The Obama-Zinn connection

From time to time, we have noted President Obama’s lack of knowledge about American history. The most recent manifestation — his claim that Ho Chi Minh was inspired by America’s Founding Fathers — suggests that Obama’s ignorance is to some extent willful.

It is, in any event, not accidental. From Stanley Kurtz, we learn that Obama is a fan of the leftist historian Howard Zinn. Stanley cites this passage from James T. Kloppenberg’s book Reading Obama:

Obama filled out his education in American history as well as politics while he was working in Chicago. Mike Kruglik had been a doctoral candidate in American history at Northwestern before he became an organizer, and when he and Obama talked, they discussed the reasons why a nation supposedly dedicated to freedom and equality provided so little of either.

They talked about the differences between the populists and the progressives and the reasons why ordinary people never seemed to get anywhere in modern America. Kruglik recalls that Obama had a special interest in the work of the radical historian Howard Zinn.
(Emphasis added)

John and Steve commented on Howard Zinn here. Steve nailed it when he wrote:

The main defect of Zinn is that he takes the deviations from the perfect realization of America’s founding principles to be the whole of America, and hence argues that America is therefore wholly fraudulent, missing the paradox that it was precisely America’s founding principles (especially individual equality) that made possible the liberal reform tradition. Once you ponder this, you recognize that Zinn, like his intellectual cousin Noam Chomsky, is simply a hater.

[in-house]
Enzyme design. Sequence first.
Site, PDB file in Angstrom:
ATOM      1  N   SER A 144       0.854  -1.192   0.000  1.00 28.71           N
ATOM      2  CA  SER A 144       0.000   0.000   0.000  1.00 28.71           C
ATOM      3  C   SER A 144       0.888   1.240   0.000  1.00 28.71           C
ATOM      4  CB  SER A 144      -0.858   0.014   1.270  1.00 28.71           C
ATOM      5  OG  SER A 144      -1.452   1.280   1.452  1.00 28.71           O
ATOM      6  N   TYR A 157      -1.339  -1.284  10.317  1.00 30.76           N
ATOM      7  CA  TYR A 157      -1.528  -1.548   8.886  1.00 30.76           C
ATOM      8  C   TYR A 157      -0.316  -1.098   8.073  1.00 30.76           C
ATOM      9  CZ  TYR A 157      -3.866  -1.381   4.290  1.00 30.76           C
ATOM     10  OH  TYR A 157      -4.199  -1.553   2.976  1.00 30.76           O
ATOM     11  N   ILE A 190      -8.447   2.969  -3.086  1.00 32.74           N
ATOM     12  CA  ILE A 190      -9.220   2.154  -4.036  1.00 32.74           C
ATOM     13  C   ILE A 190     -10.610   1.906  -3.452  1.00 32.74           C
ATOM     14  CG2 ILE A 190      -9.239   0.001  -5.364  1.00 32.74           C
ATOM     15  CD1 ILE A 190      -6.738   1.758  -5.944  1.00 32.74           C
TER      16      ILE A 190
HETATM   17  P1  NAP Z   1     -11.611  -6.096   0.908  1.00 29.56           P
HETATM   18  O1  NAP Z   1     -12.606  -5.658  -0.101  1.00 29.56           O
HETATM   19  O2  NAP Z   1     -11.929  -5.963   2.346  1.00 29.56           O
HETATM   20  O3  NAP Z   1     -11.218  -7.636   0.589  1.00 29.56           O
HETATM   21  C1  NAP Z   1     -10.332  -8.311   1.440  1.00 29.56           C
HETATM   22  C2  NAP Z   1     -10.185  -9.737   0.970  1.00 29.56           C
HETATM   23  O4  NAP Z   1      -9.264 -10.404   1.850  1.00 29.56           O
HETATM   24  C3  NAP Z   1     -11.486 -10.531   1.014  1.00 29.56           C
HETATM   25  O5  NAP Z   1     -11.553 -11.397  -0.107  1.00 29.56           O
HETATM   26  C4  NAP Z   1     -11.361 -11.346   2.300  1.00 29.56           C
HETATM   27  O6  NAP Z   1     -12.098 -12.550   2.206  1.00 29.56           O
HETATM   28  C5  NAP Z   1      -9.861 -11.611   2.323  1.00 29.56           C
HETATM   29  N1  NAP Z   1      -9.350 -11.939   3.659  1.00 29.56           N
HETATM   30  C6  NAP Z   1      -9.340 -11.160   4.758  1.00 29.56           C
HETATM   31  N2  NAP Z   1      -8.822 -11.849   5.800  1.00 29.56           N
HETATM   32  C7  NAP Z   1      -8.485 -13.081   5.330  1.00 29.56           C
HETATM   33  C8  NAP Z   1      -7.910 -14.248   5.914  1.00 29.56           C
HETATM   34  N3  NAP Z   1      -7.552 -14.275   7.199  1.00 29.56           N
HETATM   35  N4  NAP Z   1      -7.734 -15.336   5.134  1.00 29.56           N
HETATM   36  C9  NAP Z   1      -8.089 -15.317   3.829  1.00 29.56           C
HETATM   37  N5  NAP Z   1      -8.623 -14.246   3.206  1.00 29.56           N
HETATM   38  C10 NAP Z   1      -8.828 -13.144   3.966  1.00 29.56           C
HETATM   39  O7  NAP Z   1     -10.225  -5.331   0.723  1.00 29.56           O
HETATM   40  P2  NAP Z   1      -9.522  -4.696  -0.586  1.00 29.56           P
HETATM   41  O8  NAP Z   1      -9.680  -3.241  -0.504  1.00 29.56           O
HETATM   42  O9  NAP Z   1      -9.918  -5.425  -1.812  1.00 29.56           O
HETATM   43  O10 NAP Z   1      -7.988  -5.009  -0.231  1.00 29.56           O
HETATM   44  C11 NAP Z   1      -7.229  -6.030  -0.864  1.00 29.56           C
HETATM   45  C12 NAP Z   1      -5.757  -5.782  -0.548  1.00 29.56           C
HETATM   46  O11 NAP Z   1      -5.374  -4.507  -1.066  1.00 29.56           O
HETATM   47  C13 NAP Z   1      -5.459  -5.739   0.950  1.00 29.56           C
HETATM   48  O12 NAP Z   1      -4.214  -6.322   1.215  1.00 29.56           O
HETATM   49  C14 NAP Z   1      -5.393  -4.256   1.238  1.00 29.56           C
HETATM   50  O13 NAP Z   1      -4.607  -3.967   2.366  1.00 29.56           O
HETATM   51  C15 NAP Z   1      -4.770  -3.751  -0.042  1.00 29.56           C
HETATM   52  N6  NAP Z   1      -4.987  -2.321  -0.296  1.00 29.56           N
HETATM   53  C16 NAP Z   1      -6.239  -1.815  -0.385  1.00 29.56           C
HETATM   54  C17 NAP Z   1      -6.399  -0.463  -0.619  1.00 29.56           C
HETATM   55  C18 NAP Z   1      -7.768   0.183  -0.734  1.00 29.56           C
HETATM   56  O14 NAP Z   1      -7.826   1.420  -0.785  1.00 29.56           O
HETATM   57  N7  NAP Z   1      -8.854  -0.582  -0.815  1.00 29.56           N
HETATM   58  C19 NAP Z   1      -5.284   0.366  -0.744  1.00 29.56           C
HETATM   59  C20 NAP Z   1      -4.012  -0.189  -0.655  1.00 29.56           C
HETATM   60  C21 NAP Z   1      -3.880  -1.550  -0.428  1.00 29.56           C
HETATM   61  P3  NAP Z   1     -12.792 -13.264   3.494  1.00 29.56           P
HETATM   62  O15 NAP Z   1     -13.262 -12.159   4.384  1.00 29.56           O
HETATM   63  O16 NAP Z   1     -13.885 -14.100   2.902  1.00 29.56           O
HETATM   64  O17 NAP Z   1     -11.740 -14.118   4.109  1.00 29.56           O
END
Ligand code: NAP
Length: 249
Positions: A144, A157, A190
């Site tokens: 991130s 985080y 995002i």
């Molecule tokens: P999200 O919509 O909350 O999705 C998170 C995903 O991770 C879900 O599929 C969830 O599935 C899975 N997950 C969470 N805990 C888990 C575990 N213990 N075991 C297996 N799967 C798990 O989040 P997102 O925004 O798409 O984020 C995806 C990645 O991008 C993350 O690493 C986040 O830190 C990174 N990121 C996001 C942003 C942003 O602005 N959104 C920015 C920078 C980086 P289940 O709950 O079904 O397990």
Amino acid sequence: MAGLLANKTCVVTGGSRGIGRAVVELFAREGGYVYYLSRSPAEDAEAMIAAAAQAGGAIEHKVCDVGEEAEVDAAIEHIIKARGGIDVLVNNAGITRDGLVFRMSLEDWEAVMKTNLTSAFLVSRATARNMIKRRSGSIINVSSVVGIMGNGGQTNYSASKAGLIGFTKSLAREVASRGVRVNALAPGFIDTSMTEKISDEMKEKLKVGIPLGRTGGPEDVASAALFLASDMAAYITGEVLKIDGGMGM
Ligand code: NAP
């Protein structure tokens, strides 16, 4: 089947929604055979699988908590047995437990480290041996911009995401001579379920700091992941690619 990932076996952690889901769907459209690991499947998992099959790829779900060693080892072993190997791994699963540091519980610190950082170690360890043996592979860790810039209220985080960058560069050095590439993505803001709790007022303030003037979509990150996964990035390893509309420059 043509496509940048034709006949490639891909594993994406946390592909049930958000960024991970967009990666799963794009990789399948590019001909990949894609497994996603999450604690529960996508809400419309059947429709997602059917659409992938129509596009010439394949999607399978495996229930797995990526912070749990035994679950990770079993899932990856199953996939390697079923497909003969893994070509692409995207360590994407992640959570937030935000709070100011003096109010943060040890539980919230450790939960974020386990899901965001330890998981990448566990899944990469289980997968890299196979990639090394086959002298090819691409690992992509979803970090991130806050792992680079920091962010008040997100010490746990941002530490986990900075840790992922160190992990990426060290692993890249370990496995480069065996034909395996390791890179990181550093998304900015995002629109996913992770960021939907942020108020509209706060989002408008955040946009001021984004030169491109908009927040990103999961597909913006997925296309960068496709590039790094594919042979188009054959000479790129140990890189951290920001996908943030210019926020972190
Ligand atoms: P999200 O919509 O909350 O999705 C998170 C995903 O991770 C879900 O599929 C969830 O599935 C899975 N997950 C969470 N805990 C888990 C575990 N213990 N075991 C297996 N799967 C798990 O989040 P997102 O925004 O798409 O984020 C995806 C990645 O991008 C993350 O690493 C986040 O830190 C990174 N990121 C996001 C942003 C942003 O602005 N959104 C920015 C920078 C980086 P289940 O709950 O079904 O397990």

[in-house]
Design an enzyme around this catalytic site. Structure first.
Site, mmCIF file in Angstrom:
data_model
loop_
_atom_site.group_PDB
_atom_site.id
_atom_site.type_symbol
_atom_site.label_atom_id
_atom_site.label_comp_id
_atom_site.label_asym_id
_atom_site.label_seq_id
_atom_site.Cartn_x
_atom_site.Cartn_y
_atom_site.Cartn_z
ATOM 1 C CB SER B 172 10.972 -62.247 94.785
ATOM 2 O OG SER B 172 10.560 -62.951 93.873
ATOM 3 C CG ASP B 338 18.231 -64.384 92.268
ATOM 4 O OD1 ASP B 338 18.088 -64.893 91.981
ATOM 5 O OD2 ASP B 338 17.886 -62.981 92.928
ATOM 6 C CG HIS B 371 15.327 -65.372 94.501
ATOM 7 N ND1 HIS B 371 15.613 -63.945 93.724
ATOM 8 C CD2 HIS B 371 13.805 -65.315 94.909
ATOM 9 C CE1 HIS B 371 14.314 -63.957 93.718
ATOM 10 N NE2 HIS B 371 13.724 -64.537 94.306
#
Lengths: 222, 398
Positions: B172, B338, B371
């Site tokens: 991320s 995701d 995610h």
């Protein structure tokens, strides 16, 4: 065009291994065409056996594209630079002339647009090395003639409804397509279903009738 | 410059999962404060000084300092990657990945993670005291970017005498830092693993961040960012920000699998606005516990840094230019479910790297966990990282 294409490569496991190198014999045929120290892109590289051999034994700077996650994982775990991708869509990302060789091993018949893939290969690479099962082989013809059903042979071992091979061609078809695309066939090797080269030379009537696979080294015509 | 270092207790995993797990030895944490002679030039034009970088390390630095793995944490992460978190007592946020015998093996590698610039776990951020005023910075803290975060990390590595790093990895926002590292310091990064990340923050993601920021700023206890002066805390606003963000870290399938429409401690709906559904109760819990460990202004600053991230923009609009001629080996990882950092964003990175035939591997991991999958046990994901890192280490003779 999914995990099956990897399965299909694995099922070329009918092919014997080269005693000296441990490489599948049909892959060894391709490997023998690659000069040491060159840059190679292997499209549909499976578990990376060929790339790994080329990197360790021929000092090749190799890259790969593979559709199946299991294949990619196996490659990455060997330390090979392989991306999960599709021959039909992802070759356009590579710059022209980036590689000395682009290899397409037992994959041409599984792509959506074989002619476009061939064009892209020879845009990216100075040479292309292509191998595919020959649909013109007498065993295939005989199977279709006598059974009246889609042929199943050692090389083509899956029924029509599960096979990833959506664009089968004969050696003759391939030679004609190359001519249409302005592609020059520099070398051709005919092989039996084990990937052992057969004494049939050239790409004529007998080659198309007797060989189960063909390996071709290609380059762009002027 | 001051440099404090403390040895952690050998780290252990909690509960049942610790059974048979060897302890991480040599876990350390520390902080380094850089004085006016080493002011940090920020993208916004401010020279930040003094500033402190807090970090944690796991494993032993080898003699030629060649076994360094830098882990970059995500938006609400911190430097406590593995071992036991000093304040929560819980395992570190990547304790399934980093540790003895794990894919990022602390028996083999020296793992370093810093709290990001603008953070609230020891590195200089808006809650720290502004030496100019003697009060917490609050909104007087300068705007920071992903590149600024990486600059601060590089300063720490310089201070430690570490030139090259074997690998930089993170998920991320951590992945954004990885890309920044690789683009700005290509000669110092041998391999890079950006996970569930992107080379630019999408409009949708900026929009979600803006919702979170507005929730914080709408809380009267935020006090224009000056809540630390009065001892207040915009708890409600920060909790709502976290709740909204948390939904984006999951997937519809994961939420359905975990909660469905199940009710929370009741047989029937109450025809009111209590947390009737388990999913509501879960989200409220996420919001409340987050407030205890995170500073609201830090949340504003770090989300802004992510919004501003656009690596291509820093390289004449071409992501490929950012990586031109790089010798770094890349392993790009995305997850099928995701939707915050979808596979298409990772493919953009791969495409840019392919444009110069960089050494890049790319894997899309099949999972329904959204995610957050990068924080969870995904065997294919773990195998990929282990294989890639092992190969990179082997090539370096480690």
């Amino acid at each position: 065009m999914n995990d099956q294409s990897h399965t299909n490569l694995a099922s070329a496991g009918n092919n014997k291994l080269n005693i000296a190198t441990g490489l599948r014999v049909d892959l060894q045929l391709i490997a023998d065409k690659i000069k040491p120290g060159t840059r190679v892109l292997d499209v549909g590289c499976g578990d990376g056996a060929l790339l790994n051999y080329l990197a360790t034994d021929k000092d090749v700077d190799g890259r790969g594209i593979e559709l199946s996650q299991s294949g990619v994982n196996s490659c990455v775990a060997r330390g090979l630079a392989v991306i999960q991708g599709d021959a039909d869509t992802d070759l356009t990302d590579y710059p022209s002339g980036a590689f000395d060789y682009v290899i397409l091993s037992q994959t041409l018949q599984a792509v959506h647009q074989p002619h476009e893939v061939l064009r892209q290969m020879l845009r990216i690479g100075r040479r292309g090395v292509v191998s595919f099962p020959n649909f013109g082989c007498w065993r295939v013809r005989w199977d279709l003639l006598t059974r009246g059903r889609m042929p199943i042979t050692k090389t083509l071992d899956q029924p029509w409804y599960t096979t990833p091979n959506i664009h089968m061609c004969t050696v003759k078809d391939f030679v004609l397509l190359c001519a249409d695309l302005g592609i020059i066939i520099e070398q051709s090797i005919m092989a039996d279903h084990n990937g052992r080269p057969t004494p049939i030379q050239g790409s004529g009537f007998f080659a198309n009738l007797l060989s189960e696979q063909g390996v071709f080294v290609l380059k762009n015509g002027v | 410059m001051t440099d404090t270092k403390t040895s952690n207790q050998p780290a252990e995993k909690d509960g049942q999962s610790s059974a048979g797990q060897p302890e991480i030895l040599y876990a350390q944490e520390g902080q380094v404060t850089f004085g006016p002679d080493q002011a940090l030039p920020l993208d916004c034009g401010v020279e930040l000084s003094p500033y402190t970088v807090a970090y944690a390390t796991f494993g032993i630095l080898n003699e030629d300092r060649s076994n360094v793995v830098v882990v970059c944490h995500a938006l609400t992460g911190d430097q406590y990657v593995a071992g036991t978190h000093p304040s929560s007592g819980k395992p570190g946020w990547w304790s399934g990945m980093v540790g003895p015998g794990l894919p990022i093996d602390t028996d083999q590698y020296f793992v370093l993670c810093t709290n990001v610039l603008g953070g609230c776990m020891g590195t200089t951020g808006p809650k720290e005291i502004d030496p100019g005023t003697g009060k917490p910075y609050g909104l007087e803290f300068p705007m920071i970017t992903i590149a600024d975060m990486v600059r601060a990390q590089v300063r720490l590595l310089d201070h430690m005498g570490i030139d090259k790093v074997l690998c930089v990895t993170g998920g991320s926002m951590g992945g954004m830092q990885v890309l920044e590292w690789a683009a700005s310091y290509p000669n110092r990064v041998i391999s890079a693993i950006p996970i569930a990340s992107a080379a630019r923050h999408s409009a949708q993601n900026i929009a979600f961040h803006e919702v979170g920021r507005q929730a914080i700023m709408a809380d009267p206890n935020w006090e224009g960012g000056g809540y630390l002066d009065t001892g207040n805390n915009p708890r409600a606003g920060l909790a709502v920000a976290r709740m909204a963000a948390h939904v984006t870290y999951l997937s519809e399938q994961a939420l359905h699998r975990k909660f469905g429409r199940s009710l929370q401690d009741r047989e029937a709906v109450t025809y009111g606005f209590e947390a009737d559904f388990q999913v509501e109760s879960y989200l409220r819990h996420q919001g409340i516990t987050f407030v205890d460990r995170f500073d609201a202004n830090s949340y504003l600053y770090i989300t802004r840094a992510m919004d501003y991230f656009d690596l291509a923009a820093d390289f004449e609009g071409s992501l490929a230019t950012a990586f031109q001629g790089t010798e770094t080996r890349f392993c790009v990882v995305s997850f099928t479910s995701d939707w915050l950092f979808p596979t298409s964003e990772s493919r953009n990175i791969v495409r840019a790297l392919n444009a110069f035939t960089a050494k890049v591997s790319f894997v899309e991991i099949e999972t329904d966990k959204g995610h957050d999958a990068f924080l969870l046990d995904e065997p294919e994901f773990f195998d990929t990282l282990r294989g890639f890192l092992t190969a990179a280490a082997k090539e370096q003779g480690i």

Today, the NRO editors summarize Zinn’s errors and distortions here. They note:

Zinn misrepresents everything from slavery in the Chesapeake colonies to American involvement in Cuba to the Tet offensive. He reports as fact the story of Polly Baker, a woman persecuted for having an illegitimate child, when the story is in truth a work of fiction, penned by Benjamin Franklin.

Zinn himself described A People’s History as “a biased account,” that bias being in favor of socialism, a political tendency that Zinn favored and thought would be popular but for the fact that “the Soviet Union gave it a bad name.” Mao Zedong and Fidel Castro didn’t help much, either, though Zinn had kind words for their revolutions.

Zinn denied being a member of the Communist party, though he was identified as such by several other members and served as an officer in a CPUSA front group. Presented with evidence (including a confession) that Soviet spies Zinn had defended were in fact guilty as charged, his response was: “To me, it didn’t matter whether they were guilty or not.” Later in life, he trafficked in 9/11 conspiracy theories.

Zinn’s book is as notable for what it excludes as it is for its distortions. It is a history of the United States in which there is no Gettysburg address, no Wright brothers, no moon landing, no D-Day landing at Normandy. The thought of Joan Baez receives more prominent attention than does that of Alexander Hamilton.

It shouldn’t come as a surprise that President Obama had a special interest in the views of an anti-American historian. And it is only mildly surprising that Americans elected a president with a special interest in those views. As the NRO editors warn: “From kindergarten through graduate school, American education is a sewer of left-wing ideology.”

Unless Mitch Daniels and others succeed in improving this state of affairs, the distorted Obama/Zinn view of America likely will prevail within a decade or two. And a self-hating America does not have a promising future.

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